Harold, May I ask how you expect anything to be free? Even if nothing but static Petaluma exhibits were presented, how would that be done free? The Petaluma Museum is a non-profit and does not receive any grants from the city or the like. It is entirely volunteer run and there are costs associated with just keeping the doors open. In an ideal world, yes, it would be great if it were free, but we live in a city that has NO money to spend on the arts or culture. A fee, whether you like it or not, and a modest one at that, is a necessary evil; it's either that or close the doors and then there is absolutely no museum for anyone. Think on that, and don't suggest that 'someone' should apply for grants etc - who would that someone be? How would you run a free museum without any money and not going bust fast.
Harold October 13, 2011 at 11:15 PM
And Petaluma Pete would be your legal name, correct?
Harold October 13, 2011 at 11:35 PM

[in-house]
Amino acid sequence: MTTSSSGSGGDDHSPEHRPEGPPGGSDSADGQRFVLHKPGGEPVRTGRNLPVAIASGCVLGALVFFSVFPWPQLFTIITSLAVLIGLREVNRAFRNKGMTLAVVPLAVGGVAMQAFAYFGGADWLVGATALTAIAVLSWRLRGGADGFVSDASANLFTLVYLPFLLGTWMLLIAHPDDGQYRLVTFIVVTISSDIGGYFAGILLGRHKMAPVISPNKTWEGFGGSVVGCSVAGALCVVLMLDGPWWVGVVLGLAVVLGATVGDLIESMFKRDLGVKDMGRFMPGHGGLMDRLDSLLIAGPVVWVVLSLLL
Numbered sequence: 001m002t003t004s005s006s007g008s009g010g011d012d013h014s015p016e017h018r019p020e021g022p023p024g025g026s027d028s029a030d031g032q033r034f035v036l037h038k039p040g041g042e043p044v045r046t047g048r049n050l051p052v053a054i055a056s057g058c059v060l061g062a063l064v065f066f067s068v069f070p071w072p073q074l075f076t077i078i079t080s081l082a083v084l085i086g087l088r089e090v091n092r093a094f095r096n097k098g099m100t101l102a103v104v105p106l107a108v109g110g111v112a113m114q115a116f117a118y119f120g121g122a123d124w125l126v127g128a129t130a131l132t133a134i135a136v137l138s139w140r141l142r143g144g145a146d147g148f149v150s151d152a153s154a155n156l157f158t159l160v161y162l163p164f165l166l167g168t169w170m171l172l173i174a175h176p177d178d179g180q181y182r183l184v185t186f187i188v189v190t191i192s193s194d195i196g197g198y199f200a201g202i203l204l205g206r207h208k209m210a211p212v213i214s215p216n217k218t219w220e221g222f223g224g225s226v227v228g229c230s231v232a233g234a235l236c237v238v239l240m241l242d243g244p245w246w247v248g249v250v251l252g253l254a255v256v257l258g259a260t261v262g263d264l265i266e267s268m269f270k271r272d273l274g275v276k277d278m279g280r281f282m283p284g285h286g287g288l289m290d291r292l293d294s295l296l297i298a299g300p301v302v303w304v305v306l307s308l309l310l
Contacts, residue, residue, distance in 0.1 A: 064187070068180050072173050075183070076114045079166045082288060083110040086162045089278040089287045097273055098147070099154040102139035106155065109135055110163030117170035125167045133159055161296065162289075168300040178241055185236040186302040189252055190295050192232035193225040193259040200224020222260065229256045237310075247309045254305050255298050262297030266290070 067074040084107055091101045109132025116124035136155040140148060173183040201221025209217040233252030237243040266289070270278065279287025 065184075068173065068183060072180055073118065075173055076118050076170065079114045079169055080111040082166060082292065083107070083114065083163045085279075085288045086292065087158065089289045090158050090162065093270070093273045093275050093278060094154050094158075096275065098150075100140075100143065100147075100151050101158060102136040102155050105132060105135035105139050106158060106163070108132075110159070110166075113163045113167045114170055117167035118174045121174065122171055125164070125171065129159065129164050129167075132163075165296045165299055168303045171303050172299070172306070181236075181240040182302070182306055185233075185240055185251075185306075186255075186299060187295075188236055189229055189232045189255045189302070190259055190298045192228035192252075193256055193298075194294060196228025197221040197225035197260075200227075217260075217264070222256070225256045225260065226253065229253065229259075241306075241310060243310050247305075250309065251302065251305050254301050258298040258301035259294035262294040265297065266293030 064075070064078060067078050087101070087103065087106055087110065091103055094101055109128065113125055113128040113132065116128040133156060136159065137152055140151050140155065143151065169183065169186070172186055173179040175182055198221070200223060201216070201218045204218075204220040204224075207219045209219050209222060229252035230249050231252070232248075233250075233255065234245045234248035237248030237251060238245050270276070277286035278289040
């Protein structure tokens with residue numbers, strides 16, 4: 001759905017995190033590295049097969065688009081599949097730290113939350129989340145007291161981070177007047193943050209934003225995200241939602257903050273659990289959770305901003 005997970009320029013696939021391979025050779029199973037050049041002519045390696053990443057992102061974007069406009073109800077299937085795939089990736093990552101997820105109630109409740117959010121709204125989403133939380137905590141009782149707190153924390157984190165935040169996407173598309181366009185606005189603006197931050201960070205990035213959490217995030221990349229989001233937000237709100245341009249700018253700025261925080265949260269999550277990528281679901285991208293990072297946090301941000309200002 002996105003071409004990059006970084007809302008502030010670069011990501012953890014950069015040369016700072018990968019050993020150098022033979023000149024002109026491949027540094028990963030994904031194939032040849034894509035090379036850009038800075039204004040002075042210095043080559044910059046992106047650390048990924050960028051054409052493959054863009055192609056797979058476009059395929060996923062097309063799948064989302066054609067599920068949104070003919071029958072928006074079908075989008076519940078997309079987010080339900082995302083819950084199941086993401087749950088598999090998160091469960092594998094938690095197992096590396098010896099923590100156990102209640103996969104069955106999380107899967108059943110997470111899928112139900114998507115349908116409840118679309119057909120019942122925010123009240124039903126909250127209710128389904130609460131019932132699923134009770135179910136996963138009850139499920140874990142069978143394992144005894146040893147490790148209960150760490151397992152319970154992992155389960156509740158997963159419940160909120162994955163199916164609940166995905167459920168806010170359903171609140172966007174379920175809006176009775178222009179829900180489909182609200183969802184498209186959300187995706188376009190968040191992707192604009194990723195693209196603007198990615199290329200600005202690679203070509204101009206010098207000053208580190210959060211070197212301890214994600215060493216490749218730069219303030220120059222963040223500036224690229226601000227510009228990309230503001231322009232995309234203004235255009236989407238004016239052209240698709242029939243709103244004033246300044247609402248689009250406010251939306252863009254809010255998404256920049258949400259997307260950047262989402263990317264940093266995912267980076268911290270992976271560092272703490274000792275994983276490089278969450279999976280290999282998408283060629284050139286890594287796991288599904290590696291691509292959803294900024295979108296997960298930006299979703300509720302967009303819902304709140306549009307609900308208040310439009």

Actually, John, the museum provided free entry for years via fundraising, city support, membership fees and volunteer work. And yes, they certainly did receive grant funding in the past. As other commentators have pointed out, any problem the museum now has in obtaining grants is due to the fiscal irresponsibility of this current board. Also, that "modest fee" is justified by these new, frivolous expenditures - prefab, irrelevant exhibits; piano rental; paying one's wife to do the work of the treasurer; I'm assuming costume rental? If you find our local history "static," i.e. boring, blame yourself for being easily bored.